The interior felt modern and...clean. Simple. Bold. Bright. Comfortable. Scandinavian? Although you couldn't actually see much through it, the narrow fluorescent green window looking into the kitchen was a neat touch that gave a splash of color to the room and broke the monotony of the gray wall. The doors to the kitchen quietly swooshed opened automatically like something out of Star Trek, which I don't think is something I've ever seen in a restaurant. "OH MY GOD, THE DOORS OPEN BY THEMSELVES!" I know this amazing display of the latest in door technology is already in place in stores around the world, but it looked cooler in a restaurant than at 7-11.
Morten recommended the burger, which is simply described on the menu as "Burger with cheese, bacon, crispy potatos and home-made bun." At 149 kr (about $24), it was probably the most expensive burger I ever had, although it's not very expensive if you live in Norway. Morten said it'd be large without going into the specifics of it being so large that no one could reasonably eat it with their hands, or pick it up for that matter. The only way to keep it from splodging everywhere while attempting to eat it was to leave it impaled on a long skewer. Even then, the burger layers shifted over time like tectonic plates.
Mmm...burger mountain. All for me!!!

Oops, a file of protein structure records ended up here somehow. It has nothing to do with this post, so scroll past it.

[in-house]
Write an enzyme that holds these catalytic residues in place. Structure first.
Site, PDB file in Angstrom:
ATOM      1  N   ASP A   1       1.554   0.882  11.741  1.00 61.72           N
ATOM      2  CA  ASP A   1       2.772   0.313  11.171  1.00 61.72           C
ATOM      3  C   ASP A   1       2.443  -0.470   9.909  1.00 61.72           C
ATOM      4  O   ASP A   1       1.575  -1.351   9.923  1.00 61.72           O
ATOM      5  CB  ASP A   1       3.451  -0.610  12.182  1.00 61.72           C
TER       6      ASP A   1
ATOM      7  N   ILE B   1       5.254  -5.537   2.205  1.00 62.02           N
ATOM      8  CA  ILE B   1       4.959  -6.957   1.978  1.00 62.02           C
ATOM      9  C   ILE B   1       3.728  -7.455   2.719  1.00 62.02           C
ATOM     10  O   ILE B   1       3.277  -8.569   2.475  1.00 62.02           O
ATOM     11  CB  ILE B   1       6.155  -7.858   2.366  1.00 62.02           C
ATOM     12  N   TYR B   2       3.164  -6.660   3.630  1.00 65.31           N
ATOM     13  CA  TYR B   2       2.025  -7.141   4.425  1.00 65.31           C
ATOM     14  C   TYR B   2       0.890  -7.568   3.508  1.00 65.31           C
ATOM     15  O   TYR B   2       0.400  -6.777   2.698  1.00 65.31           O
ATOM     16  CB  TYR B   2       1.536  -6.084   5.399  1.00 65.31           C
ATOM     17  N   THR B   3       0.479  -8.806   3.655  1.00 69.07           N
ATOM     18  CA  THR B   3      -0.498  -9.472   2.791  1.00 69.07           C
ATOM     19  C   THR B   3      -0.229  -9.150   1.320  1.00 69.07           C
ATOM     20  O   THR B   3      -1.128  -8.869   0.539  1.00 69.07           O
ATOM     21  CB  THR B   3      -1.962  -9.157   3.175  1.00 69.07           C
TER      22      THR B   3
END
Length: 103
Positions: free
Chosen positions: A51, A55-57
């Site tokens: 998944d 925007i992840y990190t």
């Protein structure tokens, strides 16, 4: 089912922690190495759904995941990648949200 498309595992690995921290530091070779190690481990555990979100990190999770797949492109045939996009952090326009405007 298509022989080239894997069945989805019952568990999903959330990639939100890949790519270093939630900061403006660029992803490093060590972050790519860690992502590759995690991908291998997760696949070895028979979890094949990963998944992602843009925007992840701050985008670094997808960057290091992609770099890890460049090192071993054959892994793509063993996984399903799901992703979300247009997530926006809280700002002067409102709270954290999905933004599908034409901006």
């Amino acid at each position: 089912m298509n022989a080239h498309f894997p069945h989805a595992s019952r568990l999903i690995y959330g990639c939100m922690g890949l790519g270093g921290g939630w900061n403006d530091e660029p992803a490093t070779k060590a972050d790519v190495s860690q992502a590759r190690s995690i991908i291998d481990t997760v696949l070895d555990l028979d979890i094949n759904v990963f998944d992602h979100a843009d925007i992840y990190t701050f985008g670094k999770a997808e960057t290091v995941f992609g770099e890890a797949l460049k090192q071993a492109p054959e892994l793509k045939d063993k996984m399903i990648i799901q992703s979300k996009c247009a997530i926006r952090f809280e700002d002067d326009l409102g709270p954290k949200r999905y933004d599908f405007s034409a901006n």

My first problem was cutting through the bread...as in, I couldn't. I'm not sure what kind of bread it was, but the texture was chewy, soft, and strong enough to hold up to the slab of meat covered in various stuffs smooshed inside. Mmm, good bun. From top the bottom, the burger went something like bun, mayo spread, cheese-n-bacon blanket, meat slab, tomato slices, side salad, tomato-based sauce, bun. The peripheral potato chunks, while not very crispy as the menu described, were very tasty. Like. Potatoes. I dragged them through the mayo and tomato sauce for opimum deliciousness. The burger part was unlike any other burger I've ever had. For lack of a better description, it actually reminded me of meatloaf, I suppose because of the seasonings mixed into the patty. It wasn't like one of those almost raw cow, purely meat-tasting burgers that I like to ingest so much (against the warnings of food sanitation commitees everywhere), but I still enjoyed it. I managed to eat most of my dish before the warning signs of passing out set in.